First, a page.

This book is about Thomas Hood, a nineteenth-century writer and illustrator whose work is characterized by play. It argues that looking closely at Hood illuminates three areas of nineteenth-century cultural production that modern scholarship has yet fully to explore: the output of the years 1824-40; comic poetry; and the grotesque. These three areas of discomfort are linked, each of them threatens boundaries that are convenient for literary criticism. The book explores Hood's early career at the London Magazine, restoring the dynamic context in which he began experimenting with voice and genre. It examines the connection between the London's liberal politics and its culture of play. The book concerns with the effects of Hood's remarkably pluralistic approach to words, texts, and readers, both as material entities and as imaginative projections. It considers Hood's puns, their effects, their detractors, and the cultural politics of punning in the nineteenth century. The book examines the politics of Hood's play in relation to nineteenth-century debate about labour and leisure. Hood's work in relationship to the so-called 'minor' or 'illegitimate' theatre of the 1820s and 1830s is analyzed. Hood's work plays out the possibilities of an emergent cultural democracy: his poetry is practically and ideologically allied with the forms, subjects, and modes of illegitimate theatre. Hood's upbringing in a changing print culture makes him unsually alert to and appreciative of the play of language, the serendipitous intertextuality of the street where signs are in constant dialogue with one another.

This is a companion to Pastoral poetry of the English Renaissance: an anthology (2016), supporting the earlier volume with a range of critical and textual material.

The book-length Introduction traces the course of pastoral from antiquity to the present day. The historical account is woven into a thematic map of the richly varied pastoral mode. Pastoral is linked to its social context, in terms of not only direct allusion but its deeper origins and affinities. English Renaissance pastoral is set in this total perspective. Besides the formal eclogue, the study covers many genres: lyric, epode, georgic, country-house poem, ballad, romantic epic, drama, prose romance. Major practitioners like Theocritus, Virgil, Sidney, Spenser, Drayton and Milton are individually discussed. The Introduction also charts the many means by which pastoral texts circulated in that age, with implications for the history and reception of all Early Modern poetry.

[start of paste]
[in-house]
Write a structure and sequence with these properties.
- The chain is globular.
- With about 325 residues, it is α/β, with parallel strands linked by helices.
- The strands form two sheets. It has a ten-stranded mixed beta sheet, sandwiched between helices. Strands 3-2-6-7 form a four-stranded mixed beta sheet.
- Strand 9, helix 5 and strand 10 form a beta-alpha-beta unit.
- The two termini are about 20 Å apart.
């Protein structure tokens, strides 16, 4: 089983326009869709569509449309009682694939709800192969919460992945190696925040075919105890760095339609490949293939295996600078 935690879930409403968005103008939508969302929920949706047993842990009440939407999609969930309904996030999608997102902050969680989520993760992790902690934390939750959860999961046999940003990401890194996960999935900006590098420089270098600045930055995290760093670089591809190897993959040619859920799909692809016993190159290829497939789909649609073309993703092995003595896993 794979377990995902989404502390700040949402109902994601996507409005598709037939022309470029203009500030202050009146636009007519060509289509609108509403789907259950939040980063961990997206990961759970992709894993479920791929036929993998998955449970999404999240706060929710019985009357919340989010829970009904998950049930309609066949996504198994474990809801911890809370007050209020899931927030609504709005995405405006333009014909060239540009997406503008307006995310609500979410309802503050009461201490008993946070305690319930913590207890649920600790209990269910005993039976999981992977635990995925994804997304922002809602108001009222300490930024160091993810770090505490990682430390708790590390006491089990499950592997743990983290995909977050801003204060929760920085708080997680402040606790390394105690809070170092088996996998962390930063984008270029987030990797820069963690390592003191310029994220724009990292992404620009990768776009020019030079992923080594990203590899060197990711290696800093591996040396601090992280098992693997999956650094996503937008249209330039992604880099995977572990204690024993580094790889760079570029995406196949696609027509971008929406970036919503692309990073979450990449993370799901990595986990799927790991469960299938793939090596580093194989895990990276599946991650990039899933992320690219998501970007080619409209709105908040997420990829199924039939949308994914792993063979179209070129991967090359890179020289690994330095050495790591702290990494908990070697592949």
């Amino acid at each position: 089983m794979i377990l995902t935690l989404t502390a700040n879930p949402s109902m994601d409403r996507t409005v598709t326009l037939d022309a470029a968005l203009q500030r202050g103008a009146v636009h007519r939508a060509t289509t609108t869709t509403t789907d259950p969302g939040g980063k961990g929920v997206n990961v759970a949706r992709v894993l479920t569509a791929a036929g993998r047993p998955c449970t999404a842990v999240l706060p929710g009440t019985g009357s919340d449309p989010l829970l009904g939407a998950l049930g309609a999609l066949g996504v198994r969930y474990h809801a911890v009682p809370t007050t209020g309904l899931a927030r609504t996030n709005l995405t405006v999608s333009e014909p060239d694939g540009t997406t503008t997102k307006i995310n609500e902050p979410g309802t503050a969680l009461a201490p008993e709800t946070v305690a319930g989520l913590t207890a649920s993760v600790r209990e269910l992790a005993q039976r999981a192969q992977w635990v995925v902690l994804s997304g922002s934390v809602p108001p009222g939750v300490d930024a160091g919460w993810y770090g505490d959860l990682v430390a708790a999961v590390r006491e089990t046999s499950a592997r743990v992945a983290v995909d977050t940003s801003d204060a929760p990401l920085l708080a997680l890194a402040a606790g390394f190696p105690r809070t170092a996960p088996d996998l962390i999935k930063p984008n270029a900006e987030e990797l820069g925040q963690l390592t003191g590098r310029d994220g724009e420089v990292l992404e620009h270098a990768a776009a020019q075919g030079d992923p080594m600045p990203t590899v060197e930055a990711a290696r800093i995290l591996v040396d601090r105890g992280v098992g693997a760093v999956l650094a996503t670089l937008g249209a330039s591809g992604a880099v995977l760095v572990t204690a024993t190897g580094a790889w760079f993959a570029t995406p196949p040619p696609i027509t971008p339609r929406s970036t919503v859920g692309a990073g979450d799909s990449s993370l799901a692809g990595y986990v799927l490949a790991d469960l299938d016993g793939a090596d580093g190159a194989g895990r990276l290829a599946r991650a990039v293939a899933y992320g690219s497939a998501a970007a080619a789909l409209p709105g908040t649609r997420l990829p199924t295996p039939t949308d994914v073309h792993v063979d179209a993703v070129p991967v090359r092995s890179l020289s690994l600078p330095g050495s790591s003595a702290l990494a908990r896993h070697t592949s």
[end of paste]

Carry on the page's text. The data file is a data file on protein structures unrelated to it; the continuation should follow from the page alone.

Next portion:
All poems in the Anthology were edited from the original manuscripts and early printed texts. The Textual Notes in the present volume comprehensively document the sources and variant readings. There are also notes on the poets, and analytical indices of themes, genres, and various categories of proper names.

A brief mention of its precedents
Diana Cullell

Introduction Spanish contemporary poetry: a brief mention of its precedents Chris Perriam stated, at the end of the 1990s, that ‘[t]he twenty-odd years following the death of Franco … ha[d] been ones of extraordinary vitality for poetry’ (1999: 198). Indeed, those were decades of intense liveliness in the poetry of Spain but the years that followed, up until the present moment, have seen equally – if not more greatly – animated developments, dynamism and vitality. Numerous interesting and innovative reworkings of poetic traditions at the turn of the new

in Spanish contemporary poetry
Marie Mulvey-Roberts

80 The arts of Angela Carter 4 Angela Carter’s poetry Sarah Gamble A ngela Carter was an assiduous fashioner of her own autobiographical narrative, which became ever more stylized and repetitive as the years went by. Twenty-five years after her death, her own life-account has not been substantially challenged: following the script that she herself set out, we talk of Carter the novelist, the short story writer and the cultural commenter; Carter as feminist, socialist and demythologizer. Not until recently, however, has she also been identified as a poet

in The arts of Angela Carter